Every night I open my mini ipad and read the news.  So much negativity, so much “bad” news.  Some nights I find my stomach churning from the unsettling articles.  I don’t like being so sensitive, but that’s the way I’m wired.  Finally, this morning I thought to myself, “why do I read this stuff?  I have to stop.”

For health we often say, “we are what we eat.”   If we feed our bodies with a balanced nutritious diet, we have more energy.  We all agree to this right?

For mental health, they say, “we are what we think.”  So we need to feed our brain with nutritious information that helps us stay mentally healthy too, right?

I’ve been thinking about how much physical energy we have each day.  As I get older, it feels as though it’s diminishing.  I probably need to exercise more.  The point is we each have a certain amount of energy per day.  If this is true, we could also assume we each have a certain amount of mental capacity per day.

At the moment, I’m learning about social media and other marketing strategies for my business.  That’s really not my forte.  So, I struggle to comprehend this new information.  It drains my brain to concentrate on this.  I finally realized that my consumption of unnecessary and depressing news at night is actually hampering my ability to learn things that are more beneficial for my mental health.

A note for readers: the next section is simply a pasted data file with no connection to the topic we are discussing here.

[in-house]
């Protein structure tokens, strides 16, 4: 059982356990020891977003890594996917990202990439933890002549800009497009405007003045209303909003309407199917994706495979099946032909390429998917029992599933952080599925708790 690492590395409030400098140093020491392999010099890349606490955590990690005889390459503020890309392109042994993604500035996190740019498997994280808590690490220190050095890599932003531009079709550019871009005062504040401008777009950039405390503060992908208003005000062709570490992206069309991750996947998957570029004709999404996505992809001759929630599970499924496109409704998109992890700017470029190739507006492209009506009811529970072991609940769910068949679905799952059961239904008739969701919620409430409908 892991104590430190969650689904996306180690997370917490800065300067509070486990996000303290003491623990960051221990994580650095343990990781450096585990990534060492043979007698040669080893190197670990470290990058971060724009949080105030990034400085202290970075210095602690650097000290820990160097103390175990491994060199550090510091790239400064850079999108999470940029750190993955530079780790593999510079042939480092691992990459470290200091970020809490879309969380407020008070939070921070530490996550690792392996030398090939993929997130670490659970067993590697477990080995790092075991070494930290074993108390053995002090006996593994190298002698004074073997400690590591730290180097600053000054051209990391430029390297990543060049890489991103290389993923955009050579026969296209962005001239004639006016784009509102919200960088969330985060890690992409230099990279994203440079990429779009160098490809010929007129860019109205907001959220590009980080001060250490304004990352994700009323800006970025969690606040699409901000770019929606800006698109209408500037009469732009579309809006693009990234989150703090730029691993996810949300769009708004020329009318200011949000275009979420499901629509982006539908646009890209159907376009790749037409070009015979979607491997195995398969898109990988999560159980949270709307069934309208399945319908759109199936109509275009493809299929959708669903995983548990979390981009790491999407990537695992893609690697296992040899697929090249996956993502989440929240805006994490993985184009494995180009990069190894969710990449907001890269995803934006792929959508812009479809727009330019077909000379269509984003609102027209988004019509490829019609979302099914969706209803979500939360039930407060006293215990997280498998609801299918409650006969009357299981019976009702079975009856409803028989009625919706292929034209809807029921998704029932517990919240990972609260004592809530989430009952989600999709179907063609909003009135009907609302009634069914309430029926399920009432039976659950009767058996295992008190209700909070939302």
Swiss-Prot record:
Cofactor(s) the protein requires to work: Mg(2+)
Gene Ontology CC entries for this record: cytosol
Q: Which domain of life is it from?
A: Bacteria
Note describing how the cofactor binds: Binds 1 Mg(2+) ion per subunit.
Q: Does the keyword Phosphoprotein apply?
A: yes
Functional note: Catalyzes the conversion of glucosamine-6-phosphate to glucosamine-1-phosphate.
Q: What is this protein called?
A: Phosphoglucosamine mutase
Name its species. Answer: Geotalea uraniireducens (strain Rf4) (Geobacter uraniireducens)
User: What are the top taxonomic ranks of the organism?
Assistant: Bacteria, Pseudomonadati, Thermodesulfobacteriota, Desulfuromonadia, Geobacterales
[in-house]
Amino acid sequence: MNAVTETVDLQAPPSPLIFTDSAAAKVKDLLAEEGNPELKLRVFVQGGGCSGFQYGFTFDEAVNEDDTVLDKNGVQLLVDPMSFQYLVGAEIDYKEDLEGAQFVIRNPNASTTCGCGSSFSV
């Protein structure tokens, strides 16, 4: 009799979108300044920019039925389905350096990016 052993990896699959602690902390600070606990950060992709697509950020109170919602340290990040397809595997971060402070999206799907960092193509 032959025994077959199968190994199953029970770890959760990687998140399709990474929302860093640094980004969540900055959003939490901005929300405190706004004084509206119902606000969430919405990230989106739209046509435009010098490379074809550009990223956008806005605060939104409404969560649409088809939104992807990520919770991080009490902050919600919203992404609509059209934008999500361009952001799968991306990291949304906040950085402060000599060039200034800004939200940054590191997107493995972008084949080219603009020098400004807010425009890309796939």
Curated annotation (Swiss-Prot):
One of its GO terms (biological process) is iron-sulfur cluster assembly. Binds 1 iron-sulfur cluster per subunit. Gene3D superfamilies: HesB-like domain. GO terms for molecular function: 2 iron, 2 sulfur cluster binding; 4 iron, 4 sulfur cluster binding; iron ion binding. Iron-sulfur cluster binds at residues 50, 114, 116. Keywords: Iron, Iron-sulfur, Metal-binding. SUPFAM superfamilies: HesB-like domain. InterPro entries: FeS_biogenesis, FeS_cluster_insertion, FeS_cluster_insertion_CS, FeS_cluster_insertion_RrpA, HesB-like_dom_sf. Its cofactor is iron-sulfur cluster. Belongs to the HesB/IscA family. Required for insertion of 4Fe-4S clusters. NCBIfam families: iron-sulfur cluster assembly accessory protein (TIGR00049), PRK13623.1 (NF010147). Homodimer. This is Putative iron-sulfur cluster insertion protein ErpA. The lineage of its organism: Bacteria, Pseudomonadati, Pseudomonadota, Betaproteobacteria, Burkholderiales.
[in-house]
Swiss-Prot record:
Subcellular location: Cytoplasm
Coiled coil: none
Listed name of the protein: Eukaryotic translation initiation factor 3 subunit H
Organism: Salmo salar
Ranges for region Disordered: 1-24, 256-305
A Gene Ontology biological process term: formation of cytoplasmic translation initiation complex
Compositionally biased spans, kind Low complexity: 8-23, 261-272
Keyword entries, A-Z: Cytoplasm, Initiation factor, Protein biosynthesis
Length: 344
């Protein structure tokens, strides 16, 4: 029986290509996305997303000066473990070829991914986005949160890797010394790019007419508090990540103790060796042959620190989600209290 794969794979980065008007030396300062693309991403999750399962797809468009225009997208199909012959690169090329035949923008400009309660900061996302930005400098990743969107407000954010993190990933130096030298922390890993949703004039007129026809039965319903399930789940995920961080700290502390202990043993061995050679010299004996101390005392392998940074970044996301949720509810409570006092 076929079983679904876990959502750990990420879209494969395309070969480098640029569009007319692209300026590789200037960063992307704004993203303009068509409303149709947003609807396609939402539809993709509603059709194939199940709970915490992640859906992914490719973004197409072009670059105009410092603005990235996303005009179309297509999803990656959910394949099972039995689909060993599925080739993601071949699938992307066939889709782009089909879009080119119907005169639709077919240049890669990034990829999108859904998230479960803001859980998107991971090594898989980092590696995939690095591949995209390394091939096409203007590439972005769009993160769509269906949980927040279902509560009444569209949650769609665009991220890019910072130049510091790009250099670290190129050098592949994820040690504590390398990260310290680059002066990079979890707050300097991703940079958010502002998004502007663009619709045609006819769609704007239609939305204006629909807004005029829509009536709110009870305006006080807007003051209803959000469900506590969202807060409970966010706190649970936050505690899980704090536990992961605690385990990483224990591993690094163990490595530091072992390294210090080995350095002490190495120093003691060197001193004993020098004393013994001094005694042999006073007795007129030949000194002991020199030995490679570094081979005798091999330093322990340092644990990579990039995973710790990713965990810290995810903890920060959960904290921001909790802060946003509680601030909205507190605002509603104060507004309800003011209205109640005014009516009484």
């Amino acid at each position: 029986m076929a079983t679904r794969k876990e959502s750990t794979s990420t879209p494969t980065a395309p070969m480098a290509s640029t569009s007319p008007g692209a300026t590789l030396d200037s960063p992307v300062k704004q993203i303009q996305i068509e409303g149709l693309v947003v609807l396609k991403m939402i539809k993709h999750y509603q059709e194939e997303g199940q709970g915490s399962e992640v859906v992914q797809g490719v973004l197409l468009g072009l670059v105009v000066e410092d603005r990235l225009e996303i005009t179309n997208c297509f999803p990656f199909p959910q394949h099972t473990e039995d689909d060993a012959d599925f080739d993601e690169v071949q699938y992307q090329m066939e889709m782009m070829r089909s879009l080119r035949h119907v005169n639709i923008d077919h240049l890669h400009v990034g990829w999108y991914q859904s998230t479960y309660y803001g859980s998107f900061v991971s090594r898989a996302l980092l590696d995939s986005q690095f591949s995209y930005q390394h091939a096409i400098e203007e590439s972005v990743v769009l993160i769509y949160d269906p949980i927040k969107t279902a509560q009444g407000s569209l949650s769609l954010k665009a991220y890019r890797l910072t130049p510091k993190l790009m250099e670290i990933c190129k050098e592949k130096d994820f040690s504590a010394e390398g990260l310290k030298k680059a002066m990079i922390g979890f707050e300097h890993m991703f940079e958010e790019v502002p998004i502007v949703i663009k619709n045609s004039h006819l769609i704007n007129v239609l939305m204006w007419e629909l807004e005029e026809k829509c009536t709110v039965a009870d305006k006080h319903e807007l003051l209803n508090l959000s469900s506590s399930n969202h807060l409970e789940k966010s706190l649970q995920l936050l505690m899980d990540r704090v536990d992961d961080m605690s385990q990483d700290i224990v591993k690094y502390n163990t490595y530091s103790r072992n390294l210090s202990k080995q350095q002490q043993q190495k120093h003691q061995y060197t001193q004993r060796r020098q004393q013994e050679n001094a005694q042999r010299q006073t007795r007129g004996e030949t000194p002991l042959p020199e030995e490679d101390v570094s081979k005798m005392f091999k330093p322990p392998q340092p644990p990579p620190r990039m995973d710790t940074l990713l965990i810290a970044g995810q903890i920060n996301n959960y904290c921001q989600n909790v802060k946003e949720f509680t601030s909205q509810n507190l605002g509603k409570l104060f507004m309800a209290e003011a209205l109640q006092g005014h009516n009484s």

Reading the news in bed has become a mindless habit.  However, I didn’t realize the negative impact it was causing.  Becoming aware of my habits has been a new part of my journey to understand how I want to spend my time on this earth.  Little habits over a long time can have a big impact.  So, I found that assessing my habits have helped me become aware of how I spend my down time.

Why not check your down time too?  You may be surprised at what you do.

As an exercise, I encourage you to reassess your daily habits.  Are they doing you good?  Or do you do them just because that’s what you’ve been doing for so long?  All we really need to do is to replace negative habits with constructive habits.  Maybe instead of watching a reality TV show, you can learn how to play an instrument, cook a new recipe or help a neighbor.  Such simple daily changes can bring us a better quality of life and more fulfillment over time.


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